High Court Case on Jury-Selection Bias Draws Out Thomas

WASHINGTON (CN) – The Supreme Court appeared ready Wednesday to vacate a death-penalty conviction in a case where the prosecutor had a history of racially motivated juror strikes. 

“Can you say, as you sit here today, confidently you have confidence in how this all transpired in this case?” Justice Brett Kavanaugh asked a Mississippi attorney who was defending the conviction this morning.

Curtis Flowers, pictured here in a 2017 booking photo, has been tried for murder six times in Mississippi. The Supreme Court on Wednesday heard the death-row inmate’s challenge to jury strikes he claims were racially motivated. (Mississippi Department of Corrections via AP)

As the justices probed how prosecutor Doug Evans struck potential jurors in the last of six murder trials for Curtis Flowers, the tangled case history prompted a rare question from Justice Clarence Thomas.

“Were any peremptories exercised by the defendant?” Thomas asked,

breaking a three-year streak of silence at oral arguments.

In connection with the 1996 killing of four people at a store in Mississippi,

Flowers has been convicted of murder four times. Two of those convictions were overturned after the Mississippi Supreme Court found Evans struck prospective jurors on the basis of race, while a third was overturned due to evidentiary issues.

Attorneys in criminal cases have a set number of strikes, known as peremptory challenges, they may use to remove potential jurors from a case without having to explain why. But in Batson v. Kentucky, the Supreme Court held that attorneys cannot strike potential jurors due to their race.

The court further outlined a three-part test to evaluate racially motivated strikes, holding that the party that did the striking must demonstrate when challenged that there was a nondiscriminatory reason for doing so.

Over the course of the two-decade prosecution of Flowers, Evans removed 41 of 43 potential black jurors from the pool and used all 36 of his challenges in the first four trials on black jurors.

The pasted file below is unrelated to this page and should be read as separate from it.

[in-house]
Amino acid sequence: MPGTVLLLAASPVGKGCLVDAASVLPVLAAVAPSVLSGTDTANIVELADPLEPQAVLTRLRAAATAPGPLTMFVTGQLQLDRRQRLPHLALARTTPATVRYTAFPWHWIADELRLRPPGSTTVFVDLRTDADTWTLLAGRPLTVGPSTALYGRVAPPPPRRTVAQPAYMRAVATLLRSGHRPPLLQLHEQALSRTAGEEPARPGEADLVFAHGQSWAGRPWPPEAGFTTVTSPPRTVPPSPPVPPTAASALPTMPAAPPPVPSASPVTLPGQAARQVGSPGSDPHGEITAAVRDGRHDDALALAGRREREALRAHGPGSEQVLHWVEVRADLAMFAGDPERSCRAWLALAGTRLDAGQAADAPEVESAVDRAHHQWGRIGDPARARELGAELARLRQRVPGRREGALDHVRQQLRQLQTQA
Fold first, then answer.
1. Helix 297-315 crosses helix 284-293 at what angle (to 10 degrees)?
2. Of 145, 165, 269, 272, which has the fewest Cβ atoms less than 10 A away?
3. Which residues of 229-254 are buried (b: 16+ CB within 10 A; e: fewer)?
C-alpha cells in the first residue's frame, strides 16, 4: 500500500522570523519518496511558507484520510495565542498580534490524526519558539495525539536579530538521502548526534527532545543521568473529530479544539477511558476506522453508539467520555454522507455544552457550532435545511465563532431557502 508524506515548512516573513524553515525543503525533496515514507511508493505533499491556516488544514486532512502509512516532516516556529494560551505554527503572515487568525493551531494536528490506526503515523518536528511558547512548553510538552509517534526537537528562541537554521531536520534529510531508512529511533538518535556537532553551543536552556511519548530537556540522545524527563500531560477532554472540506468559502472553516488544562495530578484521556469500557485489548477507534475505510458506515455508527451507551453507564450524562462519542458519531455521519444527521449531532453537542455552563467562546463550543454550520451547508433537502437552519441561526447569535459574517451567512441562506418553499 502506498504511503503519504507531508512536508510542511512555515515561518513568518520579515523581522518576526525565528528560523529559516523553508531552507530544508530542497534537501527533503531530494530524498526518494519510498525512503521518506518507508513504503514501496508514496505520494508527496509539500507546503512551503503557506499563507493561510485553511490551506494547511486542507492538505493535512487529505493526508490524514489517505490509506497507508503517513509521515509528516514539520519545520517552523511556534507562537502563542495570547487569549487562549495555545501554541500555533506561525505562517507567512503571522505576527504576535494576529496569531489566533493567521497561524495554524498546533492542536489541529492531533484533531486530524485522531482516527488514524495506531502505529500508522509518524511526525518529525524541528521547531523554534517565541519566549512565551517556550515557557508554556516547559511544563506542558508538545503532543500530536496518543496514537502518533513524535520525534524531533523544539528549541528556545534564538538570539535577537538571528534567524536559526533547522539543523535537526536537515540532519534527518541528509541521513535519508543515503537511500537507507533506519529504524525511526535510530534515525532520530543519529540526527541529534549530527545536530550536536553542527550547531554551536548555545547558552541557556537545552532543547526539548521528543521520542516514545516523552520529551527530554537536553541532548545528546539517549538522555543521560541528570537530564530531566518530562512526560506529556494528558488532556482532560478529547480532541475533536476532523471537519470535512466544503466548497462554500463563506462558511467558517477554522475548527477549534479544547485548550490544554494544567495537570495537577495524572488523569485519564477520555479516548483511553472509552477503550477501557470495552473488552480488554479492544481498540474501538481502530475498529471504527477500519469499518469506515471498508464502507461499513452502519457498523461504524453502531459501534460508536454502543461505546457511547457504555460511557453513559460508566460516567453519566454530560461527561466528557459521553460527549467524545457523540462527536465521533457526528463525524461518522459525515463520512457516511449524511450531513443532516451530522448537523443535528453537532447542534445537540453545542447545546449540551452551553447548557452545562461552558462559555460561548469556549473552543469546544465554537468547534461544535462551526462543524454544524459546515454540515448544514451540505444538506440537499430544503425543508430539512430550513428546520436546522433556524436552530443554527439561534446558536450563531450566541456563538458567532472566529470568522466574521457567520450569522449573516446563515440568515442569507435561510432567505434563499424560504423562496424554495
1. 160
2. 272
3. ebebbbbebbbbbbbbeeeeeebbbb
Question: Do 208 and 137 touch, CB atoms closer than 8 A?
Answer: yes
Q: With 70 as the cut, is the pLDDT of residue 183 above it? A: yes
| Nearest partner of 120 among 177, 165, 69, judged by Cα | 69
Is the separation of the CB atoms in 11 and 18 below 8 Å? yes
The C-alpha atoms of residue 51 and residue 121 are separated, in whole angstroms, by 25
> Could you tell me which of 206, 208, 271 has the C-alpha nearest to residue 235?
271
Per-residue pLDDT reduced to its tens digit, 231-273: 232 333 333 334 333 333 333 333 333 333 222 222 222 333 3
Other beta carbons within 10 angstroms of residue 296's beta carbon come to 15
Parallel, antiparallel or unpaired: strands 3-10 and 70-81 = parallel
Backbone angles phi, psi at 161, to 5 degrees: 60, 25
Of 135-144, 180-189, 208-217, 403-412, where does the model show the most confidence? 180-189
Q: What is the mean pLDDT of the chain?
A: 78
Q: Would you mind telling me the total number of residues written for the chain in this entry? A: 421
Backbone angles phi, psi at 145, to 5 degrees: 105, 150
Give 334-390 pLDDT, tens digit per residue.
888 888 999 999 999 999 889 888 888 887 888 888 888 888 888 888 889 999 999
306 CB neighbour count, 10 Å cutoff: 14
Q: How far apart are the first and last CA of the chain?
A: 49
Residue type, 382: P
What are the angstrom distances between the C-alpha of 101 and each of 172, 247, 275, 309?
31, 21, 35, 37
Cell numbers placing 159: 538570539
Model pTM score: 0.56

Flowers’ attorneys again raised objections to Evans’ handling of potential jurors during the sixth trial, which ended with Flowers being convicted and sentenced to death. Flowers argued the trial court should have considered the fact that Evans had been twice found to be in violation of Batson when evaluating the new claims of improper jury strikes, but the Mississippi Supreme Court disagreed and sustained the conviction.

Flowers’ attorney Sheri Lynn Johnson told the U.S. Supreme Court on Wednesday that judges should not turn a blind eye to a history of racial jury strikes when deciding new claims.

“The only plausible interpretation of all of the evidence viewed cumulatively is that Doug Evans began jury selection in Flowers VI with an unconstitutional end in mind, to seat as few African-American jurors as he could,” said Johnson, a professor at Cornell Law School.

She noted that beyond the sheer number of black jurors struck in the case, Evans was also more inquisitive about black jurors, asking them an average of 29 questions and white jurors an average of just more than one.

Evans struck one potential black juror because she worked with Flowers’ father, while keeping on a white juror who worked at a bank and knew several of Flowers’ family members who frequented her branch, Johnson noted.

“There is no one who has a record of discrimination – adjudicated discrimination – like that of Mr. Evans,” Johnson said.

Mississippi Special Assistant Attorney General Jason Davis agreed this morning that the record in the case is “troubling,” but insisted that Evans had innocent reasons for not wanting to seat the jurors he chose to strike in the sixth trial.

The size of the town, which numbers around 5,000 people, was one factor, and Davis said each strike was a direct response to something the potential jurors said during the jury-selection process. 

“The questions that the district attorney asked were to follow up on what was on the juror questionnaire with regard to their statements therein regarding the death penalty,” Davis said. “In this case the record itself shows that the district attorney offered valid race-neutral reasons for each strike.”

Many of the justices’ questions focused on specific jurors, as they tried to figure out if there was a race-neutral reason for striking each. Justice Elena Kagan said some of the questions Evans asked during the selection process made it seem like he was willing to excuse perceived flaws in white jurors that he could not overlook for black jurors.

“In every case, this kind of disparate questioning, you know, it looks as though he’s trying to create a record for striking black jurors and for distinguishing black jurors from white jurors by means of his questioning, which is sort of, you know, completely opposite from the questioning that he gives to whites,” Kagan said.

Chief Justice John Roberts tried to steer the arguments toward the longer-term impacts of the case, rather than the specific question of what should happen to Flowers, wondering how far into a prosecutor’s history a court should dig.

“If the prosecutor had one Batson violation in his 30-year career, 20 years ago, is that something that should be brought out and pertinent in the assessment of the current Batson challenges?” Roberts asked.

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